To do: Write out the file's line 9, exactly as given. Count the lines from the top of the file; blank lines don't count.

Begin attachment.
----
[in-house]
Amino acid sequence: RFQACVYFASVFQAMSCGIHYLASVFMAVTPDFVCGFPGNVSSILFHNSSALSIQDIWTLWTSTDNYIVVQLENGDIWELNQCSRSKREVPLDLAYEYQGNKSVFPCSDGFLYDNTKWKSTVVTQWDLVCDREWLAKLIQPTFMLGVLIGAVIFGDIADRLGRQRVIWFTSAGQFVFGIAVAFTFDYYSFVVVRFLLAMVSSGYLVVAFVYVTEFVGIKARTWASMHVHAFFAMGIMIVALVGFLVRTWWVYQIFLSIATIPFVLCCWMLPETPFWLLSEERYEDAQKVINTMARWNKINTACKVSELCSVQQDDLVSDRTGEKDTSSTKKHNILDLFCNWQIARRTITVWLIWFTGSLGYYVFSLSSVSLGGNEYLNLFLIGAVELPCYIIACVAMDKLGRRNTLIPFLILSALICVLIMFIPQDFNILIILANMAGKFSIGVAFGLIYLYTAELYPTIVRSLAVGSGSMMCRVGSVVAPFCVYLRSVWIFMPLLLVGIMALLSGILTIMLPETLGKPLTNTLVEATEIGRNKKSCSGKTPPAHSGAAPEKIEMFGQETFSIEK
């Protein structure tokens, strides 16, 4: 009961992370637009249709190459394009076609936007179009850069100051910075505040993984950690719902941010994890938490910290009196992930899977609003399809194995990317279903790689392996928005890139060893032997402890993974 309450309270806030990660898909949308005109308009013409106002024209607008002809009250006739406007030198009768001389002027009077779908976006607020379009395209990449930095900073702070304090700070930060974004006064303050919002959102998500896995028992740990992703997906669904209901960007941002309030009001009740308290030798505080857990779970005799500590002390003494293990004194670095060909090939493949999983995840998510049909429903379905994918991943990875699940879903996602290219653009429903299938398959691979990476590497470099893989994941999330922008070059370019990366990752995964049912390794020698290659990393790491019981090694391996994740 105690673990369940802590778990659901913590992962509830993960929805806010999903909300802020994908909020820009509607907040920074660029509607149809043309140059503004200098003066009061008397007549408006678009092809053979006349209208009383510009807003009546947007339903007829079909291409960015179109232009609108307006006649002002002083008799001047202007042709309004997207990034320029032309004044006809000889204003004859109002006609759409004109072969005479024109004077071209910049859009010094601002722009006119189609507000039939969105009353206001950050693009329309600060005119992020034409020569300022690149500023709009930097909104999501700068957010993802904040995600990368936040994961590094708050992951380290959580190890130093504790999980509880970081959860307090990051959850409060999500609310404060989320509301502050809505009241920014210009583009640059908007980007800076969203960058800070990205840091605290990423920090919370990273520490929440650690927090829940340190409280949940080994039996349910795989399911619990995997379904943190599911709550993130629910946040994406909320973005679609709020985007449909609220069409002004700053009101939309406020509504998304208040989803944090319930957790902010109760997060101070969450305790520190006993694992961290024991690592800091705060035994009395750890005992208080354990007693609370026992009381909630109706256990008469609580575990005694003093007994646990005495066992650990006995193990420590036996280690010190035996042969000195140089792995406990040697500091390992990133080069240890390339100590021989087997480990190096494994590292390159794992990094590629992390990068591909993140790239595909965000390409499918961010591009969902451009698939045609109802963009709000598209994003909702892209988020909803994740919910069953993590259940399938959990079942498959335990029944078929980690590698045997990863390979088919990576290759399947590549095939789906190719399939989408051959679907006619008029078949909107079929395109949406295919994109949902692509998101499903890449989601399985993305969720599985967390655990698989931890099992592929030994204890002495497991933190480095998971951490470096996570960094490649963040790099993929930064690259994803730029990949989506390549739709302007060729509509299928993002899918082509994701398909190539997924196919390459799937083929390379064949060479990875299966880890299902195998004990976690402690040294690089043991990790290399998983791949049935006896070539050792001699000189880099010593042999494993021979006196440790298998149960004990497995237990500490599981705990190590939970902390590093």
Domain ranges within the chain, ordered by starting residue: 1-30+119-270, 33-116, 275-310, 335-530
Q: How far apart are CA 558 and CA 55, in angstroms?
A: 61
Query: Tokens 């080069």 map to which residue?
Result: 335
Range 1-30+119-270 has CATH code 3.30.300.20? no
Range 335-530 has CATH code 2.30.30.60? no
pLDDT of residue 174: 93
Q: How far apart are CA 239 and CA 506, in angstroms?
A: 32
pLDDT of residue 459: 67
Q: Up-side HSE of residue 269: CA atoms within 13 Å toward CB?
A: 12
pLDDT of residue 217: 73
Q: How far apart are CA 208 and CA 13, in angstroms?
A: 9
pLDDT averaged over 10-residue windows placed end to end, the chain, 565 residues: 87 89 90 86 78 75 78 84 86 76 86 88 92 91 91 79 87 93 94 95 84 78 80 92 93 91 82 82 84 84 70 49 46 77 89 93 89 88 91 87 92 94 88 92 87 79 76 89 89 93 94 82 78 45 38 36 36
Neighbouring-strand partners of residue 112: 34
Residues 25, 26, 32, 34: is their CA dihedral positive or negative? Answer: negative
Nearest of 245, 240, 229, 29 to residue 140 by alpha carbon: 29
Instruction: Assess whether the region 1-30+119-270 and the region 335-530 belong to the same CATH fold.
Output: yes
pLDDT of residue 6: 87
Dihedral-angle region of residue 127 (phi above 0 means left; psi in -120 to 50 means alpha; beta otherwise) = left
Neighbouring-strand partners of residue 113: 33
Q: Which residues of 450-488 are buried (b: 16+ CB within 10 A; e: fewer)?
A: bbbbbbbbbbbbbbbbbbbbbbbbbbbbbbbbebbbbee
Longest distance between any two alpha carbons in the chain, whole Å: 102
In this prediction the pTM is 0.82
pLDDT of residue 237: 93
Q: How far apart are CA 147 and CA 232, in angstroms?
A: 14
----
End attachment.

Range 1-30+119-270 has CATH code 3.30.300.20? no